1 reply

    Thank you Jusstanothernood,

    I only notice the vibration on larger loads of jeans or other heavier wet items. normal cloths and everyday washes I have no issue. the back wall its attached to is the back side of my kitchen so its also not been an issue as if it may have been a bedroom or something i was sitting in trying to relax ect.

    I would have no issue building this again.

    Some potential gotchas:

    This setup is difficult to maintain. I have to pull my washer from the wall about twice a year and clean out the screen on the water inlets. Everything needs to be done in a way that getting at the back isn't unreasonable:

    * Strips of HDPE or kids crazy carpet where the feet of the washer rest. This allows much easier sliding out.

    * A stool or stand that is the same height as the platform to support the front edge.


    Remember that a washer with an unbalanced load tries to walk. Your support system has to be strong enough to handle this dynamic load.


    Measure from the wall when the washer and dryer are in use. Both require hoses or vents at the back, pushing the appliances forward.


    Make the top removable, or indeed, just sit on top of the appliances. If you do this, put the cute drawer bumpers on the bottom of the board so that it doesn't mar the finish.


    If your controls are at that back of the machine then make sure the top doesn't interfere witht he controls. Or don't use a top and just make the center shelf top go all the way back.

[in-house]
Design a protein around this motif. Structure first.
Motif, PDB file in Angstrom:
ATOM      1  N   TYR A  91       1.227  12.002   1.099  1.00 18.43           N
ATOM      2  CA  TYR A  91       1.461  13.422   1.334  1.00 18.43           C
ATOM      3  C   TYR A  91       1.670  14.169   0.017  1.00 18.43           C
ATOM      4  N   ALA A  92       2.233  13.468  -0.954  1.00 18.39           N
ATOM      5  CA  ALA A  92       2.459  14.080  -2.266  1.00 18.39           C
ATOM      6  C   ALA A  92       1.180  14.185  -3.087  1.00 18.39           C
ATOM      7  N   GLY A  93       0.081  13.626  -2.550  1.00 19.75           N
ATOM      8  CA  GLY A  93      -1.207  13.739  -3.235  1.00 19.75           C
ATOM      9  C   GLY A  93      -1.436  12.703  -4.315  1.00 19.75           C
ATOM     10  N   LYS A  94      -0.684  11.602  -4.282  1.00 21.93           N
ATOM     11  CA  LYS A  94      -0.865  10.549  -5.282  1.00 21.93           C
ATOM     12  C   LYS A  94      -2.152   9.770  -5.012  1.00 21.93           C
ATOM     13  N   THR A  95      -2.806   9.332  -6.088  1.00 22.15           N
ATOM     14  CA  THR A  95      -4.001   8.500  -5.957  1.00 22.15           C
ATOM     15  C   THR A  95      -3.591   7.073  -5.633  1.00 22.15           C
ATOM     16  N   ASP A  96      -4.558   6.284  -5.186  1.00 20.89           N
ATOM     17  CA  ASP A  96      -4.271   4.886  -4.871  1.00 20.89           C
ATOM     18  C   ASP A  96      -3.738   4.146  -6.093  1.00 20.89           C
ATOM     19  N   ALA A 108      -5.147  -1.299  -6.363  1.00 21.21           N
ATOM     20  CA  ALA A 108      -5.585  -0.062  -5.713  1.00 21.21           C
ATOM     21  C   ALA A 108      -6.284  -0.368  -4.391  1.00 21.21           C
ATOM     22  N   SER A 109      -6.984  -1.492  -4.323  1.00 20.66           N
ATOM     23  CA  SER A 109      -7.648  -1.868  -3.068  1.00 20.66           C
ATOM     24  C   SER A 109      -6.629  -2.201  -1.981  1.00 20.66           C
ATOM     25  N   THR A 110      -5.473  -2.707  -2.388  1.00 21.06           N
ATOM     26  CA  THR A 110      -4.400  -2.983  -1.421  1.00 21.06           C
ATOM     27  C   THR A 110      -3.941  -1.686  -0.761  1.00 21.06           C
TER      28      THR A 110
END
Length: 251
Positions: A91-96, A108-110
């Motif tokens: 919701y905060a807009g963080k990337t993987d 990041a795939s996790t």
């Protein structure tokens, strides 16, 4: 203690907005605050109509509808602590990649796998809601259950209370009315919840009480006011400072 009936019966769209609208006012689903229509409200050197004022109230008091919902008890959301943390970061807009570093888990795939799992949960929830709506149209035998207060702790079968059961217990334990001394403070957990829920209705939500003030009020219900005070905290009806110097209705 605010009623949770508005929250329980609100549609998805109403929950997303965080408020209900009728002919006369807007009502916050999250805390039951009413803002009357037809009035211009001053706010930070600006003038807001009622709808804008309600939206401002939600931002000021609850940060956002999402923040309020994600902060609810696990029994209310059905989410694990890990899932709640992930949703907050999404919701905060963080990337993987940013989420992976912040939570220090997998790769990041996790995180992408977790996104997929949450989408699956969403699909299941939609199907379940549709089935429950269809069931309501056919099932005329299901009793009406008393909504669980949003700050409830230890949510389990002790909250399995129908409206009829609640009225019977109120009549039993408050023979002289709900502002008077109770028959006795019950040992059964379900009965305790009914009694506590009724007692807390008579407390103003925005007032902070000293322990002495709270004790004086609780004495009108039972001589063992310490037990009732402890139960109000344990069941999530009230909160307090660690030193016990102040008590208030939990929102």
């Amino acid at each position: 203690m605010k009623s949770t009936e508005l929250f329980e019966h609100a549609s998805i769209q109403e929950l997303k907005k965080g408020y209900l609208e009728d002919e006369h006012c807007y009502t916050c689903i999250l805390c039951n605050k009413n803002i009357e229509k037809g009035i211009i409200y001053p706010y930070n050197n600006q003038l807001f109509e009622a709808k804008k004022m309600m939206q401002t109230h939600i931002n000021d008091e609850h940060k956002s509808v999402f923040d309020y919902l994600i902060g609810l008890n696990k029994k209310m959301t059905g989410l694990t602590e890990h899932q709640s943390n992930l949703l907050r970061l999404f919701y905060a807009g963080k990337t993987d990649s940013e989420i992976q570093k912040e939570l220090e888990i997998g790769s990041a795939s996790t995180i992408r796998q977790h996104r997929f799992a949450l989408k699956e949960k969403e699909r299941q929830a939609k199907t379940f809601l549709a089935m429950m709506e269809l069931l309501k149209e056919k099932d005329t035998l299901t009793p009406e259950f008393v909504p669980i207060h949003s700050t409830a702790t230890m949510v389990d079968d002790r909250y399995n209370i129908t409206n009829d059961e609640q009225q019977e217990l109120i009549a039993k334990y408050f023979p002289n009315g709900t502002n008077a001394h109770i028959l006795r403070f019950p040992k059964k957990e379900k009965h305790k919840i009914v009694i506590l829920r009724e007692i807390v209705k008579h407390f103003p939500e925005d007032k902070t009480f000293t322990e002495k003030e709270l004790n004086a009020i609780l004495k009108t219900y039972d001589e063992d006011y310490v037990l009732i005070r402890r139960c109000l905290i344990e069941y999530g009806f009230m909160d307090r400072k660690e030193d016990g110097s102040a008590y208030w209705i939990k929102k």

1 reply

    Thank you for your input. and gives people more to think about when planning

    my set up as stated below.

    *The units have a good amount of room behind them. and about 6+ inch in front to move forward. if needed yes could find a stool or box to support the front if needed more room.

    *The top is supported by the cleat and center shelf it does not touch the units.and not screwed or bolted down just held in place by weight.

    Very nicely done. The end result is great. My business is repairing appliances, repairing these machine is a nightmare. You often have to get to the rear of the machines. If you build a platform on wheels to be able to slide each machine onto, or roll out sections that they sit on the issue is gone, problem solved. Front load washers are very heavy. Again, it looks great!

    1 reply

    I do agree they are heavy. The top shelf is just laid on its cleat just holding on by its own weight.

    the center shelf is not bolted in place and now just sandwiched between the top and bottom and does not budge. there is a decent amount of room behind plus around 6 inches plus in front to slide out.

    I was able to easily get behind them and switch out the units once both were on the platform from the old to new systems.

    But that did give me another cool idea you could build a small platform on some sort of heavy duty drawer sliders and easy slide out problem solved.

    my first reaction to this post was "c'mon, now why didn't I think of that". great job!

    1 reply

    Thank you, hope it inspires you or others to give it a try.

    Any problems with vibration of the units (walking). I am moving and have to buy two new units. Thought if I did not have to buy the metal base it would save me a few bucks.

    1 reply

    I personally would not buy the bases. They cost a ton in comparison of what you can build. They also lack useful space.

    As with any system when its loaded with jeans or any heavy material the dryer does shake. I've never had it move or even budge but it will shake the kitchen wall a little. Nothing noticeable or I have ever had a concern about.

    I would do it all over again. The added space and hiding the dirty clothes makes it all worth it.